The Weinstein Company // Unrated // $19.98 // May 19, 2009
Review by Brian Orndorf | posted May 12, 2009
Highly Recommended
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When we last left the state of the Vikings on film, it was in the hands of "Pathfinder," a wretched motion picture that drained all the fun out of the brutal, mead-swilling culture. "Outlander" is a chance to redeem the legacy of the Vikings on the big screen, taking known quantities such as swords, machismo, and lush forest locations and adding what was always missing from the bearded tales of yore: bloodthirsty monsters from outer space!

When his spaceship crashes down to Earth, circa 709 A.D., alien Kainan (Jim Caviezel) is left with little resources and a quest to destroy the beast that was contained onboard. Observing a familiar pattern of destruction in the immediate area, Kainan finds himself captured by a tribe of Vikings who want to know just what caused such hostility. Endearing himself to King Rothgar (John Hurt) and his daughter Freya (Sophie Myles), Kainan hopes to lead the charge to capture the infamous Moorwen, the dragon-like monster that stalks the land hunting for human prey. Teaming up with a rival clan, led by Gunnar (Ron Perlman), Kainan and Prince Wulfric (Jack Huston) head out to slaughter the menace, only to find the primitive weapons of the era are no match for this ferocious, bioluminescent beast.

"Outlander" is one amusing motion picture, and it helps that the filmmaking remains refreshingly alert throughout. Director Howard McCain deftly mixes cues from Viking iconography and sci-fi staples to indulge in a straight-up creature feature, a swift B-picture that knows its audience and endeavors to offer fans a full plate of monster mayhem, bloodletting, and sword-happy heroics.

It's something of a miracle that "Outlander" doesn't resemble a flimsy Sci-Fi Original Movie, with credit going to McCain and his crew for their efforts to make the film feel lived in, and not just shot haphazardly in a generic Canadian backyard. Filling the frame with moisture, smoke, and filthy men, "Outlander" creates the feel of a graphic novel, presenting a heightened naturalistic backdrop for these fantastical events. An adventure story at heart, McCain takes the action into forests, caves, and underwater, constantly trying to drum up a sense of excitement and otherworldly threat while embracing the gruff Viking lifestyle that typically involves serious beard growing, drinking mead from the carcasses of dead animals, and games of balance on wobbly combat shields. Unlike many sci-fi tweaked tales, "Outlander" feels complete and ready for war, with McCain creating a world to play with, not just a genre to exploit for maximum stupidity.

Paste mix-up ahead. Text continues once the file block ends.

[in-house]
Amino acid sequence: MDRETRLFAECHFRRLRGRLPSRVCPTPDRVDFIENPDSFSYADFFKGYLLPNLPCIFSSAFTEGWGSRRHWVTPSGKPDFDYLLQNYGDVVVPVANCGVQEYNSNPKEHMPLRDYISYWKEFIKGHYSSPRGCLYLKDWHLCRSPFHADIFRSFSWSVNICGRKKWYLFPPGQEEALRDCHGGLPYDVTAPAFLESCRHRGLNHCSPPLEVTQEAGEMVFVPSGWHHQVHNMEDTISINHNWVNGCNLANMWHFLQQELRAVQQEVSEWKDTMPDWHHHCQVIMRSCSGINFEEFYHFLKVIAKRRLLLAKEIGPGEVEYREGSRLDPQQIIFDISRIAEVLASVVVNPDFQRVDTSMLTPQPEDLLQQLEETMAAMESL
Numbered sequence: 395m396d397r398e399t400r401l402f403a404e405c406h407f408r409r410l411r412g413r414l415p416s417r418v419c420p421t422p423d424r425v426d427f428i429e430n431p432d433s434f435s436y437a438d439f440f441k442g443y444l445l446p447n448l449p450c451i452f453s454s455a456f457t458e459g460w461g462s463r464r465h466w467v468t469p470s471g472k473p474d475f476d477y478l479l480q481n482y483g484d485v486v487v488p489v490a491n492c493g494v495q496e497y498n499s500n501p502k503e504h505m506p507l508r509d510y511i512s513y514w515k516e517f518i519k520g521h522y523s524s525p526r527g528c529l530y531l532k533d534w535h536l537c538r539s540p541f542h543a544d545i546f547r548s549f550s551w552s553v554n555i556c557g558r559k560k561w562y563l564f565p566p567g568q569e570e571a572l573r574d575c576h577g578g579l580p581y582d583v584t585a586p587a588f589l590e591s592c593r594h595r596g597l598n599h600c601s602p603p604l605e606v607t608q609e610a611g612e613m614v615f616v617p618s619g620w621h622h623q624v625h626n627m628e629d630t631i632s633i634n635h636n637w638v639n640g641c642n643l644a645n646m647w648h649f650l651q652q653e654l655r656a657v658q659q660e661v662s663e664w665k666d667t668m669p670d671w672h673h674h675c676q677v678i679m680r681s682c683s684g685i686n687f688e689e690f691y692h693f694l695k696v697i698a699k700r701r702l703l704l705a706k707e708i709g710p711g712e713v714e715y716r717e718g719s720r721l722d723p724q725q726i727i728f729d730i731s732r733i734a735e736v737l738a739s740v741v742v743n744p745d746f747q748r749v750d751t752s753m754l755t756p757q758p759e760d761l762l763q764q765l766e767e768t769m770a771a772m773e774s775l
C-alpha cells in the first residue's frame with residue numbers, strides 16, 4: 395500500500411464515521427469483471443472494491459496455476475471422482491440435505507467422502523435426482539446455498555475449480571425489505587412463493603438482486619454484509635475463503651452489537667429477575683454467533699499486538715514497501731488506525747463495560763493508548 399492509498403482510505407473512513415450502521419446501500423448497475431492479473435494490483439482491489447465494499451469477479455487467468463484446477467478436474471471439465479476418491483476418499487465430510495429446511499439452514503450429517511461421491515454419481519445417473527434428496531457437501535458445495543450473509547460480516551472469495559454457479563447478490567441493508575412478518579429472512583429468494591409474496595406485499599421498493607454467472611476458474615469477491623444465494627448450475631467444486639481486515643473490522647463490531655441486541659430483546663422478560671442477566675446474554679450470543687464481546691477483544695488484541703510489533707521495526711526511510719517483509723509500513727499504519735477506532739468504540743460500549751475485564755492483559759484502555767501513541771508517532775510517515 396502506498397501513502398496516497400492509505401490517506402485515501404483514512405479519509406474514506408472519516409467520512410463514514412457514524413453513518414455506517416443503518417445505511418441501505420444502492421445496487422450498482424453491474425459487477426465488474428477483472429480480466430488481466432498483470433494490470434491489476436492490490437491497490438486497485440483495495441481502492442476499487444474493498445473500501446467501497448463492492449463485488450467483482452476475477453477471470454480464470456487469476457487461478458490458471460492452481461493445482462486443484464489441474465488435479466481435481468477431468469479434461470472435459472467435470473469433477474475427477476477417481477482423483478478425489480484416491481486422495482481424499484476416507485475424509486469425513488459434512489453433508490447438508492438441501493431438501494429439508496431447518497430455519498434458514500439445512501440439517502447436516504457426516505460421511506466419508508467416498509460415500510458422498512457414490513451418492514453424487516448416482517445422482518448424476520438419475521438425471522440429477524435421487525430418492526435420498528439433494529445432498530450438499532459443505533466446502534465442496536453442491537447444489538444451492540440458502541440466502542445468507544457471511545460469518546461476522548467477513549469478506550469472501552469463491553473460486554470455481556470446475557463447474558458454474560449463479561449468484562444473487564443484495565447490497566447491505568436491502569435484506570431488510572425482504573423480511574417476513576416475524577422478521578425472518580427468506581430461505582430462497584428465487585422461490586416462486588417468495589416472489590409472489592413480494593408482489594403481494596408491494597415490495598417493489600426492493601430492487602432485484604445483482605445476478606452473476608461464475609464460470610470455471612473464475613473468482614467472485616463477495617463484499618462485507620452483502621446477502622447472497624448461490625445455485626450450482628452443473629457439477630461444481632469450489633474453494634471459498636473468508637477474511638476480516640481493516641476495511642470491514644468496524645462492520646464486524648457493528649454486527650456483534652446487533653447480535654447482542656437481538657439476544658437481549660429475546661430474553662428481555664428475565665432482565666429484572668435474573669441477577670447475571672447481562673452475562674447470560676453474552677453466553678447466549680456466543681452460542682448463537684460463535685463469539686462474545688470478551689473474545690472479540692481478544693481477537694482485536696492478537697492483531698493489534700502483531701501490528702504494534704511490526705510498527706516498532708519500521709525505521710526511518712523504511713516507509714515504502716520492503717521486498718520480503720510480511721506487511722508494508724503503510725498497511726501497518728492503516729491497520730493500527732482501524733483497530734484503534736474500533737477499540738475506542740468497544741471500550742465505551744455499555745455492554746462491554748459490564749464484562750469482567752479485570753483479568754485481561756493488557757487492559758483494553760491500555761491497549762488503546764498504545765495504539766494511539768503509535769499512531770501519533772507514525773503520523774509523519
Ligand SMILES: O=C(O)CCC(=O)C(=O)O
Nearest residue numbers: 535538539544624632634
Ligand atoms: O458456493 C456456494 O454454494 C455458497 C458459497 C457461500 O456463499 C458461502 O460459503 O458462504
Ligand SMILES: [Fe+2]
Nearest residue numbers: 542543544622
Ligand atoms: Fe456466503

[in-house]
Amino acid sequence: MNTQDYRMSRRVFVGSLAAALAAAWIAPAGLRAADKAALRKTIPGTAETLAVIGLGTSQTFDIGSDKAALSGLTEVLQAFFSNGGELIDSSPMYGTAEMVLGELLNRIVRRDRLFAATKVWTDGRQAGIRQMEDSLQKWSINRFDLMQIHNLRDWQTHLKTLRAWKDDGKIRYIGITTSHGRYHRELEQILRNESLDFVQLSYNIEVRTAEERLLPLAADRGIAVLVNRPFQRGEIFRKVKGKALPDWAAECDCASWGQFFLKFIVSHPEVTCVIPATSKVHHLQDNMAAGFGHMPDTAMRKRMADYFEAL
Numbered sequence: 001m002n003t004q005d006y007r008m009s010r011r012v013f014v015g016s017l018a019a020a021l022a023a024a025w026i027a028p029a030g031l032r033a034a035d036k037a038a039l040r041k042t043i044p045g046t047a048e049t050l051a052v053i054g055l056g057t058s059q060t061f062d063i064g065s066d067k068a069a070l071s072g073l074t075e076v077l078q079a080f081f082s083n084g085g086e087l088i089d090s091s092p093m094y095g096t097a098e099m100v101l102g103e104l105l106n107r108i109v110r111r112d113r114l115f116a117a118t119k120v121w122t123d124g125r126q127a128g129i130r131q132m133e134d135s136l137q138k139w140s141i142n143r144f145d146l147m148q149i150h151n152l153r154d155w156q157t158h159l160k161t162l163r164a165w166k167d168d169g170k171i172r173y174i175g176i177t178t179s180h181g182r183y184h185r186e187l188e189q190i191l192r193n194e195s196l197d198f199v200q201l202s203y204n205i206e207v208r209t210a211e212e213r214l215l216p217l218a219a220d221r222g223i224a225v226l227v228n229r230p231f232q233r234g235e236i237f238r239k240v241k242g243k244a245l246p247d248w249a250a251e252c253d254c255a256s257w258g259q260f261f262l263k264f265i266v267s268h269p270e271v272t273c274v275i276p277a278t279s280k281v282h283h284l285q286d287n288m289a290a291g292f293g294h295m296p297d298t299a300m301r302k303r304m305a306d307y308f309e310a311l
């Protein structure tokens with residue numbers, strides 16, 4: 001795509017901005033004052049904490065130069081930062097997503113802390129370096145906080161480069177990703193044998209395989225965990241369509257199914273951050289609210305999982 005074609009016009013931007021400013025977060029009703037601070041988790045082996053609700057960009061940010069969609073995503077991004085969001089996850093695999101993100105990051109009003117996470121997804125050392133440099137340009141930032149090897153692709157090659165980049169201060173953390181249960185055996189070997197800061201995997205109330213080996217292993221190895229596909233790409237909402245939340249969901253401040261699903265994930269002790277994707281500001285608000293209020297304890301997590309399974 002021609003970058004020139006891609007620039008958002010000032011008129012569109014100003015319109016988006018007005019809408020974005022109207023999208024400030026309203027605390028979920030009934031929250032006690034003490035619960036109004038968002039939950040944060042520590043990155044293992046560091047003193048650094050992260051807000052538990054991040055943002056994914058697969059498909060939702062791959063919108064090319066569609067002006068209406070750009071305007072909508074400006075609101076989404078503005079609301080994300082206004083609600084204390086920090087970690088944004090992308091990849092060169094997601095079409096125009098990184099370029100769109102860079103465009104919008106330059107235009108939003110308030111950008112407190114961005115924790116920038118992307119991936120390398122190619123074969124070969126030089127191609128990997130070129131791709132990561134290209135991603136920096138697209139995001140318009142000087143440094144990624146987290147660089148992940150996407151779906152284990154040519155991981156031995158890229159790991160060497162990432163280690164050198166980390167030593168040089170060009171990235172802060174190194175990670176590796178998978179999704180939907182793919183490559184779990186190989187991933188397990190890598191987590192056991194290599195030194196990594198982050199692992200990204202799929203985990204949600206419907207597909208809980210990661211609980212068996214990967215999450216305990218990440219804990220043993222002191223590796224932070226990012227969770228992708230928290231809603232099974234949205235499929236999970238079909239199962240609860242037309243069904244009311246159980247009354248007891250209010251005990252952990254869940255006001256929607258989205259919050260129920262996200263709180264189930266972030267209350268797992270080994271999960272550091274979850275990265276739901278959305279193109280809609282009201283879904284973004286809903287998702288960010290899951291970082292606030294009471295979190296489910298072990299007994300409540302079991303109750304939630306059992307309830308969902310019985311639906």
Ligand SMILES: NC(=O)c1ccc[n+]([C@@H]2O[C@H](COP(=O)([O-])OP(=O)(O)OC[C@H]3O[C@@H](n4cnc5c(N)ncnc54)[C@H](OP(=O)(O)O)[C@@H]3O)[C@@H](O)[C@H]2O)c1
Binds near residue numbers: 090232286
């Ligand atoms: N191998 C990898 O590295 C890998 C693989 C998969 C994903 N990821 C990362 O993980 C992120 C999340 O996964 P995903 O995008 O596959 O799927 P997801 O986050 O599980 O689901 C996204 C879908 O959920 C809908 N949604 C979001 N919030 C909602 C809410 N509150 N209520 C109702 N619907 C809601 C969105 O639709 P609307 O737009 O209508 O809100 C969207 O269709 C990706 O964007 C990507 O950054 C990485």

The Moorwen sequences are the focal point of "Outlander," though it comes as somewhat of a disappointment to find the creature molded from strictly CG parts and labor. While an arrestingly designed beast, the cinematography and editing prefer to keep the monster at a safe visual distance (a mid-movie bear attack is impossible to focus in on), which can be a frustrating prospect once the third act swings around. The creature is saved by the screenplay, which carefully proposes that the Moorwen might not be the bone-munching demons their reputation suggests. It's a tweak on the formula that keeps "Outlander" fresh enough to stay invested in the gruesome happenings.